The May/June issue of NFPA Journal includes several features on changes to important NFPA codes and standards, including updates to the 2019 edition of NFPA 72®, National Fire Alarm and Signaling Code®.
In “Smarter About Smoke,” Richard Roux, staff liaison for NFPA 72, outlines a handful of key changes to the code, including the addition of a date: January 1, 2022.
“That’s the day NFPA 72 will require all new installed household smoke alarms to meet listing specifications to distinguish between smoke generated by routine cooking and smoke generated by potentially more serious sources, such as furniture,” Roux writes. “This push to develop more discriminating smoke alarms is a direct response to the problem of nuisance alarms, which leads many residents to remove alarm batteries or entire alarms, significantly increasing occupants’ risk of death or injury in a home fire. The listing requirements were developed by UL at its new testing facility, and the inclusion of the date in the new NFPA 72 underscores what is arguably the most important lifesaving change in smoke alarms since their introduction in the 1960s, along with codes to require their installation.”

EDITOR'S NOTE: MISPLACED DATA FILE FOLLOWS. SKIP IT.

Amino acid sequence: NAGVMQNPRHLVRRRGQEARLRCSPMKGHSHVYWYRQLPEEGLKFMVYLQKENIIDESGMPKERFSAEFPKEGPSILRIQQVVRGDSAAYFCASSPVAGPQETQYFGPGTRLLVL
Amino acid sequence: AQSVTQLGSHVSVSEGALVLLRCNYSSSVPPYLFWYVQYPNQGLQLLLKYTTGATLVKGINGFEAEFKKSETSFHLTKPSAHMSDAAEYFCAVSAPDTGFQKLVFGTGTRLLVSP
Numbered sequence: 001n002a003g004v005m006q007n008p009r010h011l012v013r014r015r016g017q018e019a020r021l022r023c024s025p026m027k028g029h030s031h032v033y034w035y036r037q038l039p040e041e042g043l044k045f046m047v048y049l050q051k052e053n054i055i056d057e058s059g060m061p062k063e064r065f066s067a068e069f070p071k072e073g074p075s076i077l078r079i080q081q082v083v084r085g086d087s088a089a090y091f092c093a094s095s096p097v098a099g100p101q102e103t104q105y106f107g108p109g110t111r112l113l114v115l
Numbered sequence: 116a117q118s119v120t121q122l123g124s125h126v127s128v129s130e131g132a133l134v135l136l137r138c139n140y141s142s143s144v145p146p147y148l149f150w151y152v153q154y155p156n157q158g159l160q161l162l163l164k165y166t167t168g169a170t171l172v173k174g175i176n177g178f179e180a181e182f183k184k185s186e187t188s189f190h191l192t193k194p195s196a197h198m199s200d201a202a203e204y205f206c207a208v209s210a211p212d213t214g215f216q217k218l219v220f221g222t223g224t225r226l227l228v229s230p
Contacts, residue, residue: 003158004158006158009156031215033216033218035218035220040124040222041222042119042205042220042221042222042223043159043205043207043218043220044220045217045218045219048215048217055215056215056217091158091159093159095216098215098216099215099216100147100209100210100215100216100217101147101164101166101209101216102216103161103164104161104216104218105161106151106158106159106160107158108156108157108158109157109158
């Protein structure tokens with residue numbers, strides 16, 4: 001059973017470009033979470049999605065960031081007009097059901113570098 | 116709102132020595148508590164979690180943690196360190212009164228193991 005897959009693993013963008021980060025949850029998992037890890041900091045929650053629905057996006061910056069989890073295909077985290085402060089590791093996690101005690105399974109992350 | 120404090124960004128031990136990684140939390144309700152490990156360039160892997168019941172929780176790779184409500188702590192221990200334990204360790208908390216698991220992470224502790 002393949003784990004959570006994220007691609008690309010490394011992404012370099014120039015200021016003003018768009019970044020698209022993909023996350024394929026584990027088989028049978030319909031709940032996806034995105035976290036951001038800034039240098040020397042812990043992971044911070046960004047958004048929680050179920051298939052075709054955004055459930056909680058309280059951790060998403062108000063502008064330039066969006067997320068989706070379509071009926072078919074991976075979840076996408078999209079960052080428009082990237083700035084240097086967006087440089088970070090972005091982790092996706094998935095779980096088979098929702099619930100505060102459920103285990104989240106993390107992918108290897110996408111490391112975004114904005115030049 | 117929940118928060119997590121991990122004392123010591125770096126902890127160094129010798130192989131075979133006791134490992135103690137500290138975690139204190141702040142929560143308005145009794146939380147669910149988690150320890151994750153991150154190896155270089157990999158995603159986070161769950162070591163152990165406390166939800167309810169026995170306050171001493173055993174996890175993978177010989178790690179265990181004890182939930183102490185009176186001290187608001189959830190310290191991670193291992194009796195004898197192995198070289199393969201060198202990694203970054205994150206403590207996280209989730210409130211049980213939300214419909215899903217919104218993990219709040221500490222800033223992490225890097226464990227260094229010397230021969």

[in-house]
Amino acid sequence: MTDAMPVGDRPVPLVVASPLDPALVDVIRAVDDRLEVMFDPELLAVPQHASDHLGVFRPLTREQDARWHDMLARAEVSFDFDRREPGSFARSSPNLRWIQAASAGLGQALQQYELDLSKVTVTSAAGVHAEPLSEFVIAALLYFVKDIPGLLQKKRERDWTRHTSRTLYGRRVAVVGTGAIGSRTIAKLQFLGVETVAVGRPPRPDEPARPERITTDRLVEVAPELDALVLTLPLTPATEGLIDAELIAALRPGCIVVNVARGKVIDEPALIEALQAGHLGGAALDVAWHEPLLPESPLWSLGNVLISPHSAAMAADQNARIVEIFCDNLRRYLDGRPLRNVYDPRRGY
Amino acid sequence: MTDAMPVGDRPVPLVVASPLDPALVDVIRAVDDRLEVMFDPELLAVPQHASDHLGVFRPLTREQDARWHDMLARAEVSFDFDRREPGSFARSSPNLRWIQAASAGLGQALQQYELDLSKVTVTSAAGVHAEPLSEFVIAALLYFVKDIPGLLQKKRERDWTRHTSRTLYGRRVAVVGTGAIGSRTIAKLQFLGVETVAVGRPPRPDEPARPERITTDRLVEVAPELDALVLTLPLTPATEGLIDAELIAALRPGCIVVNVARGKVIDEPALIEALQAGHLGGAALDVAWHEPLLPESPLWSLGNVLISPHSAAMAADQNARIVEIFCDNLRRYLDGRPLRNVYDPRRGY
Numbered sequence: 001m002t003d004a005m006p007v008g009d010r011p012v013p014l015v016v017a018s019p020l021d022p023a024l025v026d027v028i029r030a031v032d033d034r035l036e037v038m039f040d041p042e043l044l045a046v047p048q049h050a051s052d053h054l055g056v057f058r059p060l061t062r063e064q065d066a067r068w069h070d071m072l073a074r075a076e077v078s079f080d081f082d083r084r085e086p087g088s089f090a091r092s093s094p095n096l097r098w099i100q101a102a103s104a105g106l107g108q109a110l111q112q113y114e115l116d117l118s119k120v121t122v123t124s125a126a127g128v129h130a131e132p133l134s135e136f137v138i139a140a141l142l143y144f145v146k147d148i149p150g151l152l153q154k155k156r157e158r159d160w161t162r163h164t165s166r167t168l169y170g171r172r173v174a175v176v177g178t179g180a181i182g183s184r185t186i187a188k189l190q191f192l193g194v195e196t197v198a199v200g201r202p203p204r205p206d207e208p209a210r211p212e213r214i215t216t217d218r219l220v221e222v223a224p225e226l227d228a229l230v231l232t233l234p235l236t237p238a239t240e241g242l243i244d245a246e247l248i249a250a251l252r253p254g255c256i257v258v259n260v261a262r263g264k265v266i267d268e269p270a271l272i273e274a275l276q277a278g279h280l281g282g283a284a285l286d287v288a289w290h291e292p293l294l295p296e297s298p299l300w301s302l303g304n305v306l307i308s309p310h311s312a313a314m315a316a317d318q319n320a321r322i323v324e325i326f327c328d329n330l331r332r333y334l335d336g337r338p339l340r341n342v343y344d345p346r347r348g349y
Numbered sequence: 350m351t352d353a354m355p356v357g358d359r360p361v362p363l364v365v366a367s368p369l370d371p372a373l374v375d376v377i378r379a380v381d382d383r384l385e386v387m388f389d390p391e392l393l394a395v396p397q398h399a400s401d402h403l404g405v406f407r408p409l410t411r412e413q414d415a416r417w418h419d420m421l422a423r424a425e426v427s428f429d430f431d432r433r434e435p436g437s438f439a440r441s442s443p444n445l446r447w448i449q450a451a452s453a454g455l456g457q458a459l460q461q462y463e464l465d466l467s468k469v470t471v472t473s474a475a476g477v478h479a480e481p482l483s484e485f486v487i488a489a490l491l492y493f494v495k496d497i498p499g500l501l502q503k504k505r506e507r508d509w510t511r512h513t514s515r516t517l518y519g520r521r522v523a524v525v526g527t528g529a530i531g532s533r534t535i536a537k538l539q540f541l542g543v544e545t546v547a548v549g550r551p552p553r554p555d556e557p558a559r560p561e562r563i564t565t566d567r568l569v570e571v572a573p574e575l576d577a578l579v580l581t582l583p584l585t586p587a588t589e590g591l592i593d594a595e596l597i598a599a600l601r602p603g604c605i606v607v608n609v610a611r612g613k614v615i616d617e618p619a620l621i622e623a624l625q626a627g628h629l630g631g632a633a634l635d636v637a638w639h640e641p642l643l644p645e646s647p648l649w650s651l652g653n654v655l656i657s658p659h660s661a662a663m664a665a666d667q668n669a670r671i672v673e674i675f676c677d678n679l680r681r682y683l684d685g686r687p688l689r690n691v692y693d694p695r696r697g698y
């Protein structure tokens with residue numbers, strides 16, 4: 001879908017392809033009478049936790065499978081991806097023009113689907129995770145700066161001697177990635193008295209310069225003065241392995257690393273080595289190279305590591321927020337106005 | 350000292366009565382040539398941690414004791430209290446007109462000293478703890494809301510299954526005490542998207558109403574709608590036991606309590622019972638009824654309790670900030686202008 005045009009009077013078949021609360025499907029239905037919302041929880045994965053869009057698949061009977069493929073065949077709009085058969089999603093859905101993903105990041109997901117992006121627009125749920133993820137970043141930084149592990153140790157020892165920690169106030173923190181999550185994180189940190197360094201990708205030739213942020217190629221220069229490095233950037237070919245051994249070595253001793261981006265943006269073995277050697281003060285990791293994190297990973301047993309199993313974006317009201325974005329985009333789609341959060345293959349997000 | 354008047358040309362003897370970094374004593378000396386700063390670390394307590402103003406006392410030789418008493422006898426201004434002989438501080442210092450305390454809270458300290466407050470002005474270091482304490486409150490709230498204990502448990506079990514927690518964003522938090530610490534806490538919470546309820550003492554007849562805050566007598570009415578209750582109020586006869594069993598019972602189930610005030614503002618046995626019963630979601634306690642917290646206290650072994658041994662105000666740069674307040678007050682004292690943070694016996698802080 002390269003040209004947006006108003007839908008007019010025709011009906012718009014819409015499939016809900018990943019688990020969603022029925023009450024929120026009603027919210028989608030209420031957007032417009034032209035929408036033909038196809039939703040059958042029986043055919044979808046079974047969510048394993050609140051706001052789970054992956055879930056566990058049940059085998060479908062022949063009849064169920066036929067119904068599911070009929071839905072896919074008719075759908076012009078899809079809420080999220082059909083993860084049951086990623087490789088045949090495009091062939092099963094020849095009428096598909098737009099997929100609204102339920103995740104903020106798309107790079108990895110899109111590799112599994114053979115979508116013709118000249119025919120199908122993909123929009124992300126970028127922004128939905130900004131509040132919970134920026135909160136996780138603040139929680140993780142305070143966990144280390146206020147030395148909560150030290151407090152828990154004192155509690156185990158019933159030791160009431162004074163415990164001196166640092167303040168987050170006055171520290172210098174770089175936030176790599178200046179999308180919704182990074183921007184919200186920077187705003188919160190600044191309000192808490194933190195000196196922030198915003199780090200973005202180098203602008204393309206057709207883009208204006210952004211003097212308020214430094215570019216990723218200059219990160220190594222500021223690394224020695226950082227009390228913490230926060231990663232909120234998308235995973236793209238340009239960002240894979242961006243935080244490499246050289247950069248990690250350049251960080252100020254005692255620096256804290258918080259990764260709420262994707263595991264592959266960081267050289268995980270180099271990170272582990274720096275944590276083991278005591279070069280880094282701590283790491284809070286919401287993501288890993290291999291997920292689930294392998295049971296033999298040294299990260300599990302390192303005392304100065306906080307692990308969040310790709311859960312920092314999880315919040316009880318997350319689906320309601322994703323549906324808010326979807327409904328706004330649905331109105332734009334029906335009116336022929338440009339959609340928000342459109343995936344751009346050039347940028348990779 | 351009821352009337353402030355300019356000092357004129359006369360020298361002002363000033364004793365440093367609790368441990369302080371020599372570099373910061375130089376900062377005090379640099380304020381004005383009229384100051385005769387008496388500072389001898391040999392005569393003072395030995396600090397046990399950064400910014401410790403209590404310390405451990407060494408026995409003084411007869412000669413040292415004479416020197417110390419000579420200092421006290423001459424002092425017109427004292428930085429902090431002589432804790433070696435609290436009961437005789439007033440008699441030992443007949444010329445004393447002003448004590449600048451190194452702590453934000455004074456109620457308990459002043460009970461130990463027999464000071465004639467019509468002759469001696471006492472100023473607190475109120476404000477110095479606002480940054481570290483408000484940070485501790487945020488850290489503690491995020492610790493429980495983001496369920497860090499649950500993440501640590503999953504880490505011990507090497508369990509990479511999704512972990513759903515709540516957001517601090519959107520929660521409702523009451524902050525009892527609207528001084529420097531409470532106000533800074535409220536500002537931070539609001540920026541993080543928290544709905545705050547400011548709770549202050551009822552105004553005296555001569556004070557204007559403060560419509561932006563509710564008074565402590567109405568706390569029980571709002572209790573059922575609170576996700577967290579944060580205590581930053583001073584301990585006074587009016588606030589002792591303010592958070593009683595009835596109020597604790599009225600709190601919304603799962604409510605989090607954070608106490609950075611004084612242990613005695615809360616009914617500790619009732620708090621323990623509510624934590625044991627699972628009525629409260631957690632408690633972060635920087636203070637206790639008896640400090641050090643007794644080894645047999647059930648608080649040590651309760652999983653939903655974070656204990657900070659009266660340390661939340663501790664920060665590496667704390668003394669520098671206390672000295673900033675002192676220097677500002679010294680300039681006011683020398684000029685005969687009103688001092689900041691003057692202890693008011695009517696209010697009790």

Roux also looks at the integration of NFPA 720, Installation of Carbon Monoxide (CO) Detection and Warning Equipment, into NFPA 72; developments related to fire service access elevators and occupant evacuation elevators; communications methods for forwarding signals from protected premises to supervising stations; and enhancements to Class N pathways.
The story also includes info on four education sessions on NFPA 72 scheduled for the NFPA Conference & Expo in Las Vegas.
For more information on NFPA 72, visit nfpa.org/72.